Analysis: Real-World Learning for Real-World Problems
A lot of the youngsters that I encounter in the business world seem to think that the learning process stops at graduation. Many are so sure of themselves--because they've taken a couple of networking classes--that they rush headlong into situations without any consideration of the damage they may cause. That attitude makes me wonder what's being taught at universities these days, especially to those pursuing degrees in Computer Science.
I had the opportunity to find out recently, when my company was asked to install and configure some rather sophisticated ERP software at a major university and the experience has left me more optimistic.
The purpose of the installation was not for production use, but for educational purposes. This was great news to me and immediately sparked my interest. As I asked more questions I was even more impressed. The curriculum designed around this software reached well beyond the "techie" IS majors by combining IT support and real-world business applications into a packaged learning experience.
This university and some others are starting to take their IS majors to the next level by installing real-world business applications that are used by students in various business courses-such as accounting and inventory management--and using IT students to support them. I'm not just talking about word processing, spreadsheets and e-mail either. At this school they're deploying multiple iterations of ERP software, currently about as complex as it gets from the perspective of a business support infrastructure.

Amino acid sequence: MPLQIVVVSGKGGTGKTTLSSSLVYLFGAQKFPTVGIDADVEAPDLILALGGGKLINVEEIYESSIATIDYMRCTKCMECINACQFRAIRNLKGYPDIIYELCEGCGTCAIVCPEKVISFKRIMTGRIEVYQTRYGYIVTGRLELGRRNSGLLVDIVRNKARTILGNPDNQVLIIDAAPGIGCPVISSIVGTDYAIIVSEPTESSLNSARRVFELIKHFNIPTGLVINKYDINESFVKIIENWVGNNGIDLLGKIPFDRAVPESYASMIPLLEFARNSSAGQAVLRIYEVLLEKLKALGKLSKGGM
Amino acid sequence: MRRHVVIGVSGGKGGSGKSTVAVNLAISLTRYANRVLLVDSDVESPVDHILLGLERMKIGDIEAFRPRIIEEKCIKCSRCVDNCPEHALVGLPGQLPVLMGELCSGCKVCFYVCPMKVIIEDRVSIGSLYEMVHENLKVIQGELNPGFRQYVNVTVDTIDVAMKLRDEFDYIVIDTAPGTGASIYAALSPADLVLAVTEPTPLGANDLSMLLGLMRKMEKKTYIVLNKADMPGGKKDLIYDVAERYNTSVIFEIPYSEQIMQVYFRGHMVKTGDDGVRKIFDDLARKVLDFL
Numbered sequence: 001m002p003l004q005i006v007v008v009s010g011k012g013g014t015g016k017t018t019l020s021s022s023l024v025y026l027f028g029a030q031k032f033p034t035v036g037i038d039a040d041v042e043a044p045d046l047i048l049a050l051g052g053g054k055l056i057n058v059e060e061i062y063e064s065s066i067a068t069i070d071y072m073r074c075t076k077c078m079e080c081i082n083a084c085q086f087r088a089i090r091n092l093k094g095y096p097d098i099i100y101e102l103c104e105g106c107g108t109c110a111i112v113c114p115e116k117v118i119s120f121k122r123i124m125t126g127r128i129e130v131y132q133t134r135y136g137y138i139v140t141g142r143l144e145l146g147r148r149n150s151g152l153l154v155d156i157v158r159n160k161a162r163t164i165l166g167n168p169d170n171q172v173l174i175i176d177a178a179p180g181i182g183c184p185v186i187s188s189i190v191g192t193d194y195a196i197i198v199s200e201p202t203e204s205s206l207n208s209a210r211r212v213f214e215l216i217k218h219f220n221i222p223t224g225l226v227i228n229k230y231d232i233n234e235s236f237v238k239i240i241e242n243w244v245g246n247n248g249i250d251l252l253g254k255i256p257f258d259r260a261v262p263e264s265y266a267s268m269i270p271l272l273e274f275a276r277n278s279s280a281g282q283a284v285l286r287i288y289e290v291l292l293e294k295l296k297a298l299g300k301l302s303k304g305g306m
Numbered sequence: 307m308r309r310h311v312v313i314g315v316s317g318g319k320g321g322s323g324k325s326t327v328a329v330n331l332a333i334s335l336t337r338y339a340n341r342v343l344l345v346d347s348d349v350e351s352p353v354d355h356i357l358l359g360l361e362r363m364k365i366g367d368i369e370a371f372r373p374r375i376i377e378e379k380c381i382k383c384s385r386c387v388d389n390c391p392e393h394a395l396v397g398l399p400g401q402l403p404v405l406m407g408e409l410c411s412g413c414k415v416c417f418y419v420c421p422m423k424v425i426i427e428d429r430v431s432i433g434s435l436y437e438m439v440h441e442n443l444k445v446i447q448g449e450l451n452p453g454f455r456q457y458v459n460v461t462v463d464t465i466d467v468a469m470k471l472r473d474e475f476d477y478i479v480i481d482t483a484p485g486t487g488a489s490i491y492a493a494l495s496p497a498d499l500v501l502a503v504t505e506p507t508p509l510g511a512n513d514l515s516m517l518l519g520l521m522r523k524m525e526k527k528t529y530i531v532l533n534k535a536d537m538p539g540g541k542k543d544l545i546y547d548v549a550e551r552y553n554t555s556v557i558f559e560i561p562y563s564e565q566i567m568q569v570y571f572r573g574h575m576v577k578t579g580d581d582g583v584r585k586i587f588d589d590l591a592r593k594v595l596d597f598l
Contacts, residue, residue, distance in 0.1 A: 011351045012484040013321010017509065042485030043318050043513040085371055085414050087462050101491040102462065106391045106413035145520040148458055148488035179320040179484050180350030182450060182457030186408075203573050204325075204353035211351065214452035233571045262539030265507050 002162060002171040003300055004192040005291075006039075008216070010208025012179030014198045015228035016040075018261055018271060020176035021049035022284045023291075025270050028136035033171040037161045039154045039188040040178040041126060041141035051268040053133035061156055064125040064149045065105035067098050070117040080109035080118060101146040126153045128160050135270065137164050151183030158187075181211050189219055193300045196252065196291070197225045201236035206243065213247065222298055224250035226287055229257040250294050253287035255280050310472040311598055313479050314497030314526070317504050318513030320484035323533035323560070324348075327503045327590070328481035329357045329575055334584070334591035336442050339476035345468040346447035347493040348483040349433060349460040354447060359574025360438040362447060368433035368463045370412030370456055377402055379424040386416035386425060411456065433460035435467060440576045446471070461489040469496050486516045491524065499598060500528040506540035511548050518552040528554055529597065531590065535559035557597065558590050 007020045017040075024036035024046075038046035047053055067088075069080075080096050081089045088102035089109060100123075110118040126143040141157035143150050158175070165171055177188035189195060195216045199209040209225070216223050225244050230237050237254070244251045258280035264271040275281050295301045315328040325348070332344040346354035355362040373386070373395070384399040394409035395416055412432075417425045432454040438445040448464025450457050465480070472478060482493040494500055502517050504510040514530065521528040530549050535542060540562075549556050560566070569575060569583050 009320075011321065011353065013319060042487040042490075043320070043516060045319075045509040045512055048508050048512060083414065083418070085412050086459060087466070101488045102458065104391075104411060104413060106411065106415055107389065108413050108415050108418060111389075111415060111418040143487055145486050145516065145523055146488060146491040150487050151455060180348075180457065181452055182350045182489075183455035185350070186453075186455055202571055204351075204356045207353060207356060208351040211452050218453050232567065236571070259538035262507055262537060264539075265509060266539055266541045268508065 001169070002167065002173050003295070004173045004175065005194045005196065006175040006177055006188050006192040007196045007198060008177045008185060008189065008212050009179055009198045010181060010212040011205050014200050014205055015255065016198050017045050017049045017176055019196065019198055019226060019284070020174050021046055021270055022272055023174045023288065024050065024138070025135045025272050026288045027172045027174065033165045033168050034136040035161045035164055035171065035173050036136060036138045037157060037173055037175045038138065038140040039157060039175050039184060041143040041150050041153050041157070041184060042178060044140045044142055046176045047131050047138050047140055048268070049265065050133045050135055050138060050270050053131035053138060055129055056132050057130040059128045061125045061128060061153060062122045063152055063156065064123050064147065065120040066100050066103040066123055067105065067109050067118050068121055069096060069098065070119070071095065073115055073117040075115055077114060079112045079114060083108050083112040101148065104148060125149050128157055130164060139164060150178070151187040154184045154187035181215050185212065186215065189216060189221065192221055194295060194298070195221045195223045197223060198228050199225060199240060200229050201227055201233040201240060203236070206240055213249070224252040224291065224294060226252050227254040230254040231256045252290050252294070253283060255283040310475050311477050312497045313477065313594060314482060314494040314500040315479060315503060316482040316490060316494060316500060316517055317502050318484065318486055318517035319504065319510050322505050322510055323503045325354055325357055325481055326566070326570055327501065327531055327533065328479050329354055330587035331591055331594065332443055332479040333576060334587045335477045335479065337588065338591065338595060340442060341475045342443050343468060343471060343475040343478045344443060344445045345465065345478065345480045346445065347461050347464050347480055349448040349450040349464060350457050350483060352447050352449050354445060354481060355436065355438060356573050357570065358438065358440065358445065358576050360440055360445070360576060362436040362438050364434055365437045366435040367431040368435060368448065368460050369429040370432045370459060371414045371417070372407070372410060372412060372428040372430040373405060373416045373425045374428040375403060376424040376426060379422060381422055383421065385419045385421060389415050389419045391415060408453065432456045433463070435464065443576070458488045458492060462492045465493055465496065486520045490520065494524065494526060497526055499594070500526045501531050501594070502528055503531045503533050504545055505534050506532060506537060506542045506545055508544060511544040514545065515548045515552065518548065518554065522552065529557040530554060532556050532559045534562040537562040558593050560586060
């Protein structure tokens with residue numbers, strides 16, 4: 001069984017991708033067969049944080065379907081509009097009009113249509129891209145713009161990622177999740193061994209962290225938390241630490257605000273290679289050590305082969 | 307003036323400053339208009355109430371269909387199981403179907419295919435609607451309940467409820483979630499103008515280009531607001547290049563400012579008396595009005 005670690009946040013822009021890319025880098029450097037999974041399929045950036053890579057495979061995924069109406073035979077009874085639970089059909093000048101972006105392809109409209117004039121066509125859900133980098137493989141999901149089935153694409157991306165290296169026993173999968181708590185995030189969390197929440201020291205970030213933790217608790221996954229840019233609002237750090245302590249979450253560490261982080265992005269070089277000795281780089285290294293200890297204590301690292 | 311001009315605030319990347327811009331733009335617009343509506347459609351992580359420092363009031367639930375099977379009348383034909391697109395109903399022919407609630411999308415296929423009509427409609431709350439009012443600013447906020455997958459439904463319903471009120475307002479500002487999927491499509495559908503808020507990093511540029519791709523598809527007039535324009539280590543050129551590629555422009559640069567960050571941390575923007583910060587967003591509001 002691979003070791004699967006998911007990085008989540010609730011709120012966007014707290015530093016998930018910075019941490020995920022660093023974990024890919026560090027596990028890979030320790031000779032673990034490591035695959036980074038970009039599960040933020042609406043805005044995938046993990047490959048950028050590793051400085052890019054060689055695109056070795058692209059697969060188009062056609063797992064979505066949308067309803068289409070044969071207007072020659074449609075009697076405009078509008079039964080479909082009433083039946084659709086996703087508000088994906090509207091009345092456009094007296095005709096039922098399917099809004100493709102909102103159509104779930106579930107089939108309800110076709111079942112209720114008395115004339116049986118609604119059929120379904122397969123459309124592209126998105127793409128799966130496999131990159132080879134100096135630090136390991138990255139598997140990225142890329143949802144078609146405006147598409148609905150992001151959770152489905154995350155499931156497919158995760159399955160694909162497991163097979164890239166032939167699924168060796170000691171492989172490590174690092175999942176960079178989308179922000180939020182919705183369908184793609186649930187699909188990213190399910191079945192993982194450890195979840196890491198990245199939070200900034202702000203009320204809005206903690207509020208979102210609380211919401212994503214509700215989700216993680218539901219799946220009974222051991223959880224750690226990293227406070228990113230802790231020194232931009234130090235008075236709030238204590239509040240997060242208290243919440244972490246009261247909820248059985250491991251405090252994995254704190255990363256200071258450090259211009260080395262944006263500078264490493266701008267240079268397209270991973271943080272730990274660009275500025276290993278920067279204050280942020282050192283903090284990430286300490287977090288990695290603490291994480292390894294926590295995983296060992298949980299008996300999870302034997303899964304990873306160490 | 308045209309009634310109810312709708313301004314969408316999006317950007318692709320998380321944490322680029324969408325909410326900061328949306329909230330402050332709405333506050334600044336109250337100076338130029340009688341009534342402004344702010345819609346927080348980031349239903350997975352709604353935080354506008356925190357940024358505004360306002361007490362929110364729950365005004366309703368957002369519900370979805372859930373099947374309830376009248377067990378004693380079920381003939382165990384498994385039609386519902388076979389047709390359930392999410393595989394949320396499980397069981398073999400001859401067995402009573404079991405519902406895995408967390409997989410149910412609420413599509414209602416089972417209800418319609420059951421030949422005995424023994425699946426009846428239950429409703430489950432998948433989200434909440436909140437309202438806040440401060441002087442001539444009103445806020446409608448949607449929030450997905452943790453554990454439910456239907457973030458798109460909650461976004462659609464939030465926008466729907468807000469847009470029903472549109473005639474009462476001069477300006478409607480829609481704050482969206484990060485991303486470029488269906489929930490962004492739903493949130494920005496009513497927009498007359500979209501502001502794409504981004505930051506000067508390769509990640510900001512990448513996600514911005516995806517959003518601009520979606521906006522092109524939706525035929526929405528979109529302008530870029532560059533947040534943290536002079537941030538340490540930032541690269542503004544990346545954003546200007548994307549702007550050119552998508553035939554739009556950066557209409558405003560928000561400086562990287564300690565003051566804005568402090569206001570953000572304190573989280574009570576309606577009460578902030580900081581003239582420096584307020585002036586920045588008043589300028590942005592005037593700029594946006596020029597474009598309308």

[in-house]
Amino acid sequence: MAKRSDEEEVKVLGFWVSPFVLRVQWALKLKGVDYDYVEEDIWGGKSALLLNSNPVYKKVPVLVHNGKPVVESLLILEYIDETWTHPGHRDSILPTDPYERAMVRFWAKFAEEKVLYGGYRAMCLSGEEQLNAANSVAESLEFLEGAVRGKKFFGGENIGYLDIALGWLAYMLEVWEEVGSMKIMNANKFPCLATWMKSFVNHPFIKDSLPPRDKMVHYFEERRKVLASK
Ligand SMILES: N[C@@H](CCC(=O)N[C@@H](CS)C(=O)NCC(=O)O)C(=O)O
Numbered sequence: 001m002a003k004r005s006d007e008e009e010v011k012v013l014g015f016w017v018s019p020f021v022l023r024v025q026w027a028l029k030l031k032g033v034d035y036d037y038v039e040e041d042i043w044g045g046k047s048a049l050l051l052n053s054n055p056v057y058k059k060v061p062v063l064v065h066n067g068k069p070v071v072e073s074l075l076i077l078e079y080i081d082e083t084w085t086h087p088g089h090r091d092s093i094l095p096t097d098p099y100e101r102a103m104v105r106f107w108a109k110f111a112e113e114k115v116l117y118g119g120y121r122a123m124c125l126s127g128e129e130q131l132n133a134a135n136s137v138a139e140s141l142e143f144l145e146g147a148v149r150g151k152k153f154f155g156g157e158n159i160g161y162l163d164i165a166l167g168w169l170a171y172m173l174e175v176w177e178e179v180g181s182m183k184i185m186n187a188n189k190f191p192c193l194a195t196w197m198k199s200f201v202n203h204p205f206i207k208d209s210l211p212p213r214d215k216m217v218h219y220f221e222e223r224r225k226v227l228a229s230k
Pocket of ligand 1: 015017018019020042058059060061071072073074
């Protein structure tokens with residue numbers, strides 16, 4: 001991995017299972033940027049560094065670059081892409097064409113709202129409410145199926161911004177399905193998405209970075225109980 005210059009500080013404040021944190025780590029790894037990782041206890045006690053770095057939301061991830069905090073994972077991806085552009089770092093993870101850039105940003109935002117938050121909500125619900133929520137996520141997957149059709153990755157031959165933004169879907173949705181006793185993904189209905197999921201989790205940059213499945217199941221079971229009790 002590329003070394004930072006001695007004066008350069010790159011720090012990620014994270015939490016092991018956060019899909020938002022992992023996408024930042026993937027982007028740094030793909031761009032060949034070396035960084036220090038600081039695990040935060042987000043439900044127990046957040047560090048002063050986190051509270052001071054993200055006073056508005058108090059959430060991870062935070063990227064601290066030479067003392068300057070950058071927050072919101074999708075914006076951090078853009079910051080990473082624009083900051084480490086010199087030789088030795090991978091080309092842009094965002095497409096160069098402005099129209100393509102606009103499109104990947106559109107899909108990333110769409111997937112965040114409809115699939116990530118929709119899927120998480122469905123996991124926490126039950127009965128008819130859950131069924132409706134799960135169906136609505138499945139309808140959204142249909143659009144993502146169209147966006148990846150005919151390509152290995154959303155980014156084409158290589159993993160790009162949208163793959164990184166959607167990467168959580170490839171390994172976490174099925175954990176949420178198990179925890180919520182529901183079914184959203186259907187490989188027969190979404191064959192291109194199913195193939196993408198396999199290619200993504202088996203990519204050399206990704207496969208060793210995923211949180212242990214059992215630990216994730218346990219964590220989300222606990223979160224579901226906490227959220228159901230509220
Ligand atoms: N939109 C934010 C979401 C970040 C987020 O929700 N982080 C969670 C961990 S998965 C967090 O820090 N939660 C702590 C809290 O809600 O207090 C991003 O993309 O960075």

The ERP suites we installed will be used by business students to better understand the role these applications play in their particular fields of study. What a novel concept! These youngsters will graduate from school with an idea of what will actually be expected of them. As a result they'll be better able to provide an immediate, or nearly immediate, positive impact on the companies hiring them and they will in turn, have a greater appreciation of all they do not know.
The courses designed by the educators at this particular university include some basic client/server material along with the specifics of installing, configuring and maintaining these elaborate systems. The only things missing are simulations of corporate politics that make almost everything more difficult than it should be, and the sense of urgency and the pressures associated with the real world. Since it's basically impossible to simulate these problems, we can only hope they're discussed in class in order to prepare these students for what they'll encounter on the outside.
While I've heard that other universities are starting to do much the same thing, I'm still quite impressed with this program at Virginia Commonwealth University. I'm looking forward to some new generation of young know-it-all's who've actually been trained in something that I can use. As a result, I'm more likely to hire students from this school. They've looked at the marketplace and are truly working to deliver to the need.
For the rest of those schools out there who don't see a need to expand their Computer Science curriculum beyond the mechanics of Information Systems, no offence, but Golf 101 and subterranean basket weaving are of little help to most businesses.